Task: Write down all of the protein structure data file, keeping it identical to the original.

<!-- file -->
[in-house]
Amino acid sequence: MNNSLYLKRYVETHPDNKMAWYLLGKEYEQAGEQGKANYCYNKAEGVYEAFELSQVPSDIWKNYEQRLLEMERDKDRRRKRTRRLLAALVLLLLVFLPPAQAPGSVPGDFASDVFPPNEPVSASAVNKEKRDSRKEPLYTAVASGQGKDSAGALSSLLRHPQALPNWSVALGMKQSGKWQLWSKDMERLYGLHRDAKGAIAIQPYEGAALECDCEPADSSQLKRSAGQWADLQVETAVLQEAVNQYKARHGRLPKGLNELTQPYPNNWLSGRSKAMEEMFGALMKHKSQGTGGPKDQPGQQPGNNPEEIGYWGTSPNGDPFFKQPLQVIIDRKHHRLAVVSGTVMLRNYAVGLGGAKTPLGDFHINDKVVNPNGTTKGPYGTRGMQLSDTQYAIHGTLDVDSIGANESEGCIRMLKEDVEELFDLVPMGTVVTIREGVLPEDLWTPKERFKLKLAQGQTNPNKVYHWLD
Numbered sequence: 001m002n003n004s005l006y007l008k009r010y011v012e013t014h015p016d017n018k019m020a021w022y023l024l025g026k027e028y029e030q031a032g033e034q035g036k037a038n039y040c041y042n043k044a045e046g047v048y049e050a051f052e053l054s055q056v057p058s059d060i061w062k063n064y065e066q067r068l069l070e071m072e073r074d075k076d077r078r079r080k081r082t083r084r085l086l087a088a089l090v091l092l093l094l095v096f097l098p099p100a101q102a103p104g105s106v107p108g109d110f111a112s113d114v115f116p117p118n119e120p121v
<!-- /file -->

[in-house]
Amino acid sequence: MNNSLYLKRYVETHPDNKMAWYLLGKEYEQAGEQGKANYCYNKAEGVYEAFELSQVPSDIWKNYEQRLLEMERDKDRRRKRTRRLLAALVLLLLVFLPPAQAPGSVPGDFASDVFPPNEPVSASAVNKEKRDSRKEPLYTAVASGQGKDSAGALSSLLRHPQALPNWSVALGMKQSGKWQLWSKDMERLYGLHRDAKGAIAIQPYEGAALECDCEPADSSQLKRSAGQWADLQVETAVLQEAVNQYKARHGRLPKGLNELTQPYPNNWLSGRSKAMEEMFGALMKHKSQGTGGPKDQPGQQPGNNPEEIGYWGTSPNGDPFFKQPLQVIIDRKHHRLAVVSGTVMLRNYAVGLGGAKTPLGDFHINDKVVNPNGTTKGPYGTRGMQLSDTQYAIHGTLDVDSIGANESEGCIRMLKEDVEELFDLVPMGTVVTIREGVLPEDLWTPKERFKLKLAQGQTNPNKVYHWLD
Numbered sequence: 001m002n003n004s005l006y007l008k009r010y011v012e013t014h015p016d017n018k019m020a021w022y023l024l025g026k027e028y029e030q031a032g033e034q035g036k037a038n039y040c041y042n043k044a045e046g047v048y049e050a051f052e053l054s055q056v057p058s059d060i061w062k063n064y065e066q067r068l069l070e071m072e073r074d075k076d077r078r079r080k081r082t083r084r085l086l087a088a089l090v091l092l093l094l095v096f097l098p099p100a101q102a103p104g105s106v107p108g109d110f111a112s113d114v115f116p117p118n119e120p121v